If your dog regularly urinates on your lawn, you might have noticed brown spots increasingly popping up in your grass. There are a number of reasons this could be happening, and one of them is your dog's urine.
Colorado State University reported that dog urine contains high concentrations of nitrogen, and when a large amount is administered to a small area of your lawn, it kills the grass. This is true for both male and female dogs, though females have a tendency to empty their bladders in one place rather than several, increasing the chances their urine will kill the grass.
Fortunately, there are ways to prevent lawn burn without getting rid of your beloved dog. According to Texas A&M University's Agrilife Extension, levels of nitrogen in your dog's urine are the result of the amount of protein in their diet. Feeding your dog a high-quality pet food that has lower levels of protein is one way to reduce lawn spots.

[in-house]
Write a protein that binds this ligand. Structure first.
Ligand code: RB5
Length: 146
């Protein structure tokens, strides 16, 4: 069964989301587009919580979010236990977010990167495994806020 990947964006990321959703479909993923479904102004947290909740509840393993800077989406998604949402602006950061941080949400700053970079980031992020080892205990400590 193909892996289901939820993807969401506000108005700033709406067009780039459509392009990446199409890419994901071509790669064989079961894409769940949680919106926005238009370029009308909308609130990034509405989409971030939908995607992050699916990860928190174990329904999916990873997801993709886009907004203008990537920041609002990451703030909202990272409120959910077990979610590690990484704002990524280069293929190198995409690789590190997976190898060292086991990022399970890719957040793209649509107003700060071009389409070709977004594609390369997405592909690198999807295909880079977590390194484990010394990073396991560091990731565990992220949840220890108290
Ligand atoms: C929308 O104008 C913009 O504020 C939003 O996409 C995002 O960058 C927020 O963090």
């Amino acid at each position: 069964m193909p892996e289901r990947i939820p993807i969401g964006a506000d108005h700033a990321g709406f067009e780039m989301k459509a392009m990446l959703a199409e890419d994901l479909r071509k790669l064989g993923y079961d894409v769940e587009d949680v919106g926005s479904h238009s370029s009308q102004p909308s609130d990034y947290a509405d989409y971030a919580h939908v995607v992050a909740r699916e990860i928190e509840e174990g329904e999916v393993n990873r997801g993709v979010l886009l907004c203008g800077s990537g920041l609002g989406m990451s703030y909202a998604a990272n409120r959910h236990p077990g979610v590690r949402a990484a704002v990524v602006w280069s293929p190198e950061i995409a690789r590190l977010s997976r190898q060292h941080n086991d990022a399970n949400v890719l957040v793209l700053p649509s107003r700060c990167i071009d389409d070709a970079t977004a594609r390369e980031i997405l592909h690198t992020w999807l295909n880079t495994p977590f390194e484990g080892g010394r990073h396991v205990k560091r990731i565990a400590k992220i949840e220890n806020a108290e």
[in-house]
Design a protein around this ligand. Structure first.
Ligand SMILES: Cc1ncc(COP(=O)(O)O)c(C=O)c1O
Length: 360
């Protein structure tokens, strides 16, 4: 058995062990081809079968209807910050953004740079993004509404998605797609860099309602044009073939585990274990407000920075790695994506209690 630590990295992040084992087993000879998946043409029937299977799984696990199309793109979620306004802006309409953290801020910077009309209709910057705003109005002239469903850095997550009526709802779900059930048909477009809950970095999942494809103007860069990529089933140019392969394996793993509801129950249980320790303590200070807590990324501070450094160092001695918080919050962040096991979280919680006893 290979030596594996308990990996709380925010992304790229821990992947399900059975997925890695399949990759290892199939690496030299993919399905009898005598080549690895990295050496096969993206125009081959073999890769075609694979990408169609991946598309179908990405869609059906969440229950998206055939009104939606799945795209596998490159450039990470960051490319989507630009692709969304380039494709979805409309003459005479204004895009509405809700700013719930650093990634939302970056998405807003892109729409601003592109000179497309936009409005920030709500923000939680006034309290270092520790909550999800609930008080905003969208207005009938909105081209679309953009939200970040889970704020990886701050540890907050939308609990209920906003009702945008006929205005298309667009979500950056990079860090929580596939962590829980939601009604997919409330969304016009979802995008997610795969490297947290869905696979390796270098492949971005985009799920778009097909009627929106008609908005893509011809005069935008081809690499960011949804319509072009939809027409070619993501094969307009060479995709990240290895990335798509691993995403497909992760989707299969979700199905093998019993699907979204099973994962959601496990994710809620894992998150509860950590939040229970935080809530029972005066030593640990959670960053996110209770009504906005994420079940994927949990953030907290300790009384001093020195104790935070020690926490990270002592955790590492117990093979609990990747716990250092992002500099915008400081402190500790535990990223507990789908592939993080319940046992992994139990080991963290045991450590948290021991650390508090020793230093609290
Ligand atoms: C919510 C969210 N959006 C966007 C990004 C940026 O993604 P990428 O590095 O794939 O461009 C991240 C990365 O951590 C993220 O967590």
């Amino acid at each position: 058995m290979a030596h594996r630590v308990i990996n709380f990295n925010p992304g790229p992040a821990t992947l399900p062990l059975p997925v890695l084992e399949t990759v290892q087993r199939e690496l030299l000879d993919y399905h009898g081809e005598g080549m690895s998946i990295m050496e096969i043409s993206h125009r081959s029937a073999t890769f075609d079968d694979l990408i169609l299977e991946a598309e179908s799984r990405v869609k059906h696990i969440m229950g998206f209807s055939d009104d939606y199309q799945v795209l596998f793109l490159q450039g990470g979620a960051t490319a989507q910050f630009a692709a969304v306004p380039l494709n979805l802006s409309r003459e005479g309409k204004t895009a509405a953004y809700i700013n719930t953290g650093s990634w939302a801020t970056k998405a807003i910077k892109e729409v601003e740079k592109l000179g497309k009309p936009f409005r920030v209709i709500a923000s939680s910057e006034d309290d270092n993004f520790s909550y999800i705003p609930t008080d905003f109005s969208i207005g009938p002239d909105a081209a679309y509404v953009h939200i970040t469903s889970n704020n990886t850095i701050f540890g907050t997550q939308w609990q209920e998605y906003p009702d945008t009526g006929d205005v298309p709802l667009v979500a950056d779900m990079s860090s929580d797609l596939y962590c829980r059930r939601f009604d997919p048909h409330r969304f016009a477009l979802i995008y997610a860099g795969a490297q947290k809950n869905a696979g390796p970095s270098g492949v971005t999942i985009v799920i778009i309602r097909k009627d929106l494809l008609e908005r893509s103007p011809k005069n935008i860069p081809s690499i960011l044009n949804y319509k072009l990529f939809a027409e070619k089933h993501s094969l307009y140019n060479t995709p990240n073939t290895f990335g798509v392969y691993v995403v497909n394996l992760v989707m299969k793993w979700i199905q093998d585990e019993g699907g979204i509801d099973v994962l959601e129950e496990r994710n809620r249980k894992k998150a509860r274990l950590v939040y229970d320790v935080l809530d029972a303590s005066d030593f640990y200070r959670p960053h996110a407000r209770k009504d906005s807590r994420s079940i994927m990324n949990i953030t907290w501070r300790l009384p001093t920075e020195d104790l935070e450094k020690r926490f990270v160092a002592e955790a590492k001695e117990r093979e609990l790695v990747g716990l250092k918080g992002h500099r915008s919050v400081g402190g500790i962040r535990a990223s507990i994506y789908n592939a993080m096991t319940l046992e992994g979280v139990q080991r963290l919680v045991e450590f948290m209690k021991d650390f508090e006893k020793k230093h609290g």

Switching to wet food or adding more water to your dog's diet is another way to cut down on nitrogen levels. You can also train your dog to urinate in areas where there is little or no grass, or take them to a nearby park to do their business instead.
This article is brought to you by the pet behavior experts at Hartz. When it comes to training your dog and cat, our knowledge and experience is guaranteed to make the process easy, smooth and fun!
Category: Dog Training and Behavior